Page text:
I bought another bouquet of small artichauts violets in the market and Lo Jardinièr asked me to do them ‘as I usually do them’.  Well, he should know that I rarely do exactly what I’m asked to do and I couldn’t resist trying something new with these, something very simple that may have been done by someone before me, but it was a first for me.  I cut the ends of the leaves, trimming down to the heart, peeled off the outer leaves and removed what little choke there was, all the time covering the cut edges with lemon juice to stop them browning.  I mixed a couple of tablespoons of stoned green olives, 3 cloves of garlic and a piece of stale bread in the liquidiser until they made a stuffing which I put into the hearts of the artichokes.  I then put them, stems pointing upwards, in a good layer of olive oil in a cast iron pan and added a glass of white wine and some salt and pepper, brought it all to the boil and simmered gently for about an hour until the artichokes were cooked.  Some of the stuffing escaped but that just seemed to add flavour to the oil and wine sauce.  Served cold with a slice of lemon they were delicious and luckily Lo Jardinièr agreed.

I was interested by a recent post by Cooking in Sens and the comments that followed about whether or not chefs ‘invent’ recipes.  As she says, ‘In cooking, there is really nothing new under the sun.’  But recipes do not always have to come from books or television programmes, or even the Internet.  I love cookery books and books about food and I have shelves of them – by Elizabeth David, Claudia Roden, Madhur Jaffrey, Giorgio Locatelli, the Moro couple, and many many more – but I rarely follow a recipe.  I use the books as inspiration, added to the knowledge I’ve amassed over more than forty years of cooking, from my mother, from talking to friends, especially here in the Languedoc (where no one I know uses cookery books at all), and from my own experience and experimentation.  I think if you have a grounding in cooking, from any of these sources, and a knowledge of which ingredients go well with which others, you can be inspired, influenced and then invent.  The salad that Lo Jardinièr made for lunch, which he described as a Mediterranean salad, for its colour and flavour, is another example of this:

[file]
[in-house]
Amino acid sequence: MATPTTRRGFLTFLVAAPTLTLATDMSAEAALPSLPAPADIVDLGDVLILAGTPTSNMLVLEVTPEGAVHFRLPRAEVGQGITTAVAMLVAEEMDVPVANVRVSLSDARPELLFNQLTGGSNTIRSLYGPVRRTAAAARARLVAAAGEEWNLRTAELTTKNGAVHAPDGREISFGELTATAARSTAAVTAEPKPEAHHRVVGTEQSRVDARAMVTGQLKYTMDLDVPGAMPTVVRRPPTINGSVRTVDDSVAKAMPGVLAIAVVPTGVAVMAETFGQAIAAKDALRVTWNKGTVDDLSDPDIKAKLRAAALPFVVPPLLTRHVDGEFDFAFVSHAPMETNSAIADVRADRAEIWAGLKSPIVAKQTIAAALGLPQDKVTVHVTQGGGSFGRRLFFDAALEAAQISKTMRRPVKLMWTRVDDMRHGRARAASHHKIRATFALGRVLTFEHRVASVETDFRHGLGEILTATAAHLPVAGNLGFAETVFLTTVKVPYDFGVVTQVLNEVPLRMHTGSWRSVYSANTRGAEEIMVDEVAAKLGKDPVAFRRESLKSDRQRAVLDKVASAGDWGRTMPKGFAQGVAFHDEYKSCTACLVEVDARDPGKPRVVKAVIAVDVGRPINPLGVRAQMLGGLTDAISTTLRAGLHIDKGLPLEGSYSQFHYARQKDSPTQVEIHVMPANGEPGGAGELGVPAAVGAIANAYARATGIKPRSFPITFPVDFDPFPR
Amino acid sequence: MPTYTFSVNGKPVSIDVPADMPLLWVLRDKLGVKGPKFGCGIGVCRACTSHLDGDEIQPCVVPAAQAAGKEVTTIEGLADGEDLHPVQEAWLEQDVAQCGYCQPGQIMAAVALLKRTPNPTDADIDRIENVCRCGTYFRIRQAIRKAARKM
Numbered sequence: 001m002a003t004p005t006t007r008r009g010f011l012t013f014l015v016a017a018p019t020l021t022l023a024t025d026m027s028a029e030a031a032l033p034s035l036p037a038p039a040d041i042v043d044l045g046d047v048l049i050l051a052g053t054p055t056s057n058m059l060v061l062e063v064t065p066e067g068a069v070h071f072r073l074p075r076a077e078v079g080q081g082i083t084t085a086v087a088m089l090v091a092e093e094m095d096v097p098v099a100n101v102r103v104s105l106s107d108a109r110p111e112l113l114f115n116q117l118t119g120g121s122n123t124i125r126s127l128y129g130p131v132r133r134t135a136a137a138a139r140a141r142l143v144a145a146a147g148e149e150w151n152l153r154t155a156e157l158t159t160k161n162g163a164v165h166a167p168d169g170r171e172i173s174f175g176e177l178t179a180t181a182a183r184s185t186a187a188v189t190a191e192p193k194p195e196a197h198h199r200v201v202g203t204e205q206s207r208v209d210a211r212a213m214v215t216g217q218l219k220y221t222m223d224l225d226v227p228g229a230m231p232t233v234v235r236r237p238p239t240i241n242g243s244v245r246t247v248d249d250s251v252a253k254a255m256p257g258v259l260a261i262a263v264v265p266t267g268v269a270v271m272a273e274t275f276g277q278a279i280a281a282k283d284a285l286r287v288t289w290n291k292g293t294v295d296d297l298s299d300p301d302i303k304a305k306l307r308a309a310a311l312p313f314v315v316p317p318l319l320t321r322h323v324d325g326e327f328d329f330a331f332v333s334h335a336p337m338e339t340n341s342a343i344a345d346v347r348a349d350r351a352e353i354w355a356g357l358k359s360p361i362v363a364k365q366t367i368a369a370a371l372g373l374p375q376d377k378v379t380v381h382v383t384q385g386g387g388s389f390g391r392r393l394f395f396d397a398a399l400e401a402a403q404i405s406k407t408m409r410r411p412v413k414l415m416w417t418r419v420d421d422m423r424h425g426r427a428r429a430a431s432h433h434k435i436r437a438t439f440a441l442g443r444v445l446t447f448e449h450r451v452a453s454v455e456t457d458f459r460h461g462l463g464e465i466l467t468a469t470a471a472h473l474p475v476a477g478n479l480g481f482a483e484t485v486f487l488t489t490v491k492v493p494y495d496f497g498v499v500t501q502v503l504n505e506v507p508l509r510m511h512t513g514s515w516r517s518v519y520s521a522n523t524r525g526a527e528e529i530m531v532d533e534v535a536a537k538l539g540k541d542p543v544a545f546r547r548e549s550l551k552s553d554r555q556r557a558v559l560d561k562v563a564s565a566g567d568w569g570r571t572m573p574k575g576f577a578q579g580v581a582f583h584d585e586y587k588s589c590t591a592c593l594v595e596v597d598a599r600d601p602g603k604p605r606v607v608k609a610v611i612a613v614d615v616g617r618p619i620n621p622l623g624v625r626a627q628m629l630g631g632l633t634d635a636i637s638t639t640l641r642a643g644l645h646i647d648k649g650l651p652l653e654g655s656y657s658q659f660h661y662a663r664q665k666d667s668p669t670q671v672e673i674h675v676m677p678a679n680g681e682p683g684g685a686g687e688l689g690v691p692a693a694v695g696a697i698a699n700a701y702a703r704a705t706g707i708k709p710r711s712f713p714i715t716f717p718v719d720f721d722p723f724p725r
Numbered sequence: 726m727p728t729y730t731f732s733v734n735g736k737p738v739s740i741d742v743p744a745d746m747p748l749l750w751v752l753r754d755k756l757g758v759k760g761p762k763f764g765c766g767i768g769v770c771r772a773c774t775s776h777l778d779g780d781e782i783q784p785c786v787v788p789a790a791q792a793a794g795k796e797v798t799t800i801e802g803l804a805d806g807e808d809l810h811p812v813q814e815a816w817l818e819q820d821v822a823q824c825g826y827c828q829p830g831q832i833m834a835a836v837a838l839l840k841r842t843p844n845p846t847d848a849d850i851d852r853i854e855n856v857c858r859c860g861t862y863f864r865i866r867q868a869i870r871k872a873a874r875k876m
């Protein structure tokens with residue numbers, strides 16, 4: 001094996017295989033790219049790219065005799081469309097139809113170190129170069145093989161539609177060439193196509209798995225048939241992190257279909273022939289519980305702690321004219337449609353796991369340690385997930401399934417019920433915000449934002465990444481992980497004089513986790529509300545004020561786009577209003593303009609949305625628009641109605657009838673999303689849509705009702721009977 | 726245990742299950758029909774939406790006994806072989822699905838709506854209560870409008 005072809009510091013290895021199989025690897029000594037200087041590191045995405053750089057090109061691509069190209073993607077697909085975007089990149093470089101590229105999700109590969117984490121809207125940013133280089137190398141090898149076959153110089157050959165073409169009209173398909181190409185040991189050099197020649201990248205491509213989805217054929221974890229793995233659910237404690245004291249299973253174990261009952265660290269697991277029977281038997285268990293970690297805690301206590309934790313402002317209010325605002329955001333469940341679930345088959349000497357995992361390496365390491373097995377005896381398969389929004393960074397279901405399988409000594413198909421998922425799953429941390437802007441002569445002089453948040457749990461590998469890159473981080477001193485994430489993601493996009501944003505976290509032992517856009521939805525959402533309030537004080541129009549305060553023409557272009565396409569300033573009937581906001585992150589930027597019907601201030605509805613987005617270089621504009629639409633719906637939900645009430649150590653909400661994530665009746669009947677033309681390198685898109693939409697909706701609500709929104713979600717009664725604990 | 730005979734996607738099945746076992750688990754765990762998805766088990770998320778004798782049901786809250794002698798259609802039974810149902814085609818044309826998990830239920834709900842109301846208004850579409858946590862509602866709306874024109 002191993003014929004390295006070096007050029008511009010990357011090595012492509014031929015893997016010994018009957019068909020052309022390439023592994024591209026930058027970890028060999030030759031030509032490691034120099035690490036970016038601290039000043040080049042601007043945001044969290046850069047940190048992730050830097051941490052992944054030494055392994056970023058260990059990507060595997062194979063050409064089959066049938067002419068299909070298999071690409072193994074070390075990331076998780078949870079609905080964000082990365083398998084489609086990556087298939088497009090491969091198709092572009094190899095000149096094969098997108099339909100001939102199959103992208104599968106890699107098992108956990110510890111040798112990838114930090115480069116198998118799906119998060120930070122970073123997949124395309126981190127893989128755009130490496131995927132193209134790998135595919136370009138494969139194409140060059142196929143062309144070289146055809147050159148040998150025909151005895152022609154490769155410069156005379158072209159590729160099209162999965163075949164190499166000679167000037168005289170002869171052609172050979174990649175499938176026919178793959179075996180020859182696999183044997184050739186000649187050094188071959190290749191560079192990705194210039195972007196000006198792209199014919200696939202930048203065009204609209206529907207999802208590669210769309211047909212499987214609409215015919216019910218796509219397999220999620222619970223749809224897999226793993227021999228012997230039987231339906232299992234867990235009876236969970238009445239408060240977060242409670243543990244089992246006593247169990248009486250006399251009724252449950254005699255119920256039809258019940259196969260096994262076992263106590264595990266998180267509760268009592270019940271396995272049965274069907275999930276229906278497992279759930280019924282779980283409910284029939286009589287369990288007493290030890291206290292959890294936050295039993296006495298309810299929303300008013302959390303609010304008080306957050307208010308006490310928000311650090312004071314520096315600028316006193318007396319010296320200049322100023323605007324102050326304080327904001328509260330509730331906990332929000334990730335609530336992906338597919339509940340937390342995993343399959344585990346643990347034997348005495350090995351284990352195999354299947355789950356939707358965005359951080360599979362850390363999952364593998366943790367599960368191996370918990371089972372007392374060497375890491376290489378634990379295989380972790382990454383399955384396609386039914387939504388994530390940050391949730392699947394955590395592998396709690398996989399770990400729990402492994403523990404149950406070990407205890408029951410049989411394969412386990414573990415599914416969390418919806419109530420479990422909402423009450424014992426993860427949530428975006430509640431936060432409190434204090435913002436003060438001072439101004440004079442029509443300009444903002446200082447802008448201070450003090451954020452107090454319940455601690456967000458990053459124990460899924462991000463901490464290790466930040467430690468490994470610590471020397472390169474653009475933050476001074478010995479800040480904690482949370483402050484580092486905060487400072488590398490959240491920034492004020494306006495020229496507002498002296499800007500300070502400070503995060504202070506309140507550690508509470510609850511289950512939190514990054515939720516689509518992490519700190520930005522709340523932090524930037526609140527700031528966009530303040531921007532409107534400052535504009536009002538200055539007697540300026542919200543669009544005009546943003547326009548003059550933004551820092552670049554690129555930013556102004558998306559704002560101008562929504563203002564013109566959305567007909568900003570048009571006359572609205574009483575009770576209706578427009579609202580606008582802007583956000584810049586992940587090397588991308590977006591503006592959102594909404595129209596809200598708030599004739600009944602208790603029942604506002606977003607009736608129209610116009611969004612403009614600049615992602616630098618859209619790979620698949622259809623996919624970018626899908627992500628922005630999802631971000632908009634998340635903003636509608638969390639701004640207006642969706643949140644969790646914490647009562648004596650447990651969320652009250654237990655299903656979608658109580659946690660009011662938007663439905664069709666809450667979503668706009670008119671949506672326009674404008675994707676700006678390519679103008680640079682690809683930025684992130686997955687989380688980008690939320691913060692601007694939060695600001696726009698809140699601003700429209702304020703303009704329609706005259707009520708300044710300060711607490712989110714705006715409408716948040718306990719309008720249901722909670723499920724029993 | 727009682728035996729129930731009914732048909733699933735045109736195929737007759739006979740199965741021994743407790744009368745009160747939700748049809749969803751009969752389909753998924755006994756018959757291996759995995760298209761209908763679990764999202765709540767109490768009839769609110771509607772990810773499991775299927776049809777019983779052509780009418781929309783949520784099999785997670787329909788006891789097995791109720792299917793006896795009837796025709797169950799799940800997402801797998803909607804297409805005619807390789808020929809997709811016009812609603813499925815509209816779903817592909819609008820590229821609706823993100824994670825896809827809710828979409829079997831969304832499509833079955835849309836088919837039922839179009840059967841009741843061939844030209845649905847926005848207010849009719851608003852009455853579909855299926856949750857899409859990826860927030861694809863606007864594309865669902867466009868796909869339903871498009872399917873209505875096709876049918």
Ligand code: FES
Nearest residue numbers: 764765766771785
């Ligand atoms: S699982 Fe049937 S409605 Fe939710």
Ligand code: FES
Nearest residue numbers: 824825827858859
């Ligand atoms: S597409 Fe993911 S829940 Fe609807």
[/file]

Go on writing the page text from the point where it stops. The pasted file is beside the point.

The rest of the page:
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Local goats’ cheese, chorizo, lettuce, wild rocket (picked in the garden this morning), pickled yellow peppers (from the garden last summer)….and garlic, of course.

In the garden today we planted out the corn plants, a Greek variety resistant to drought, grown from seed we saved last year – we had 44 very healthy looking plants.  I also saw what I think is a Wall butterfly, looking slightly battered:

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the Lucque olive tree about to flower:

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a snail enjoying a good meal of rosemary – we have plenty, we can spare some!

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and some tiny wild violets:

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>Artichokes and a lot of spring flowers

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I picked three more artichokes this morning, making 9 in all this year, so the plants are doing much better than they did last year and there are plenty more still growing.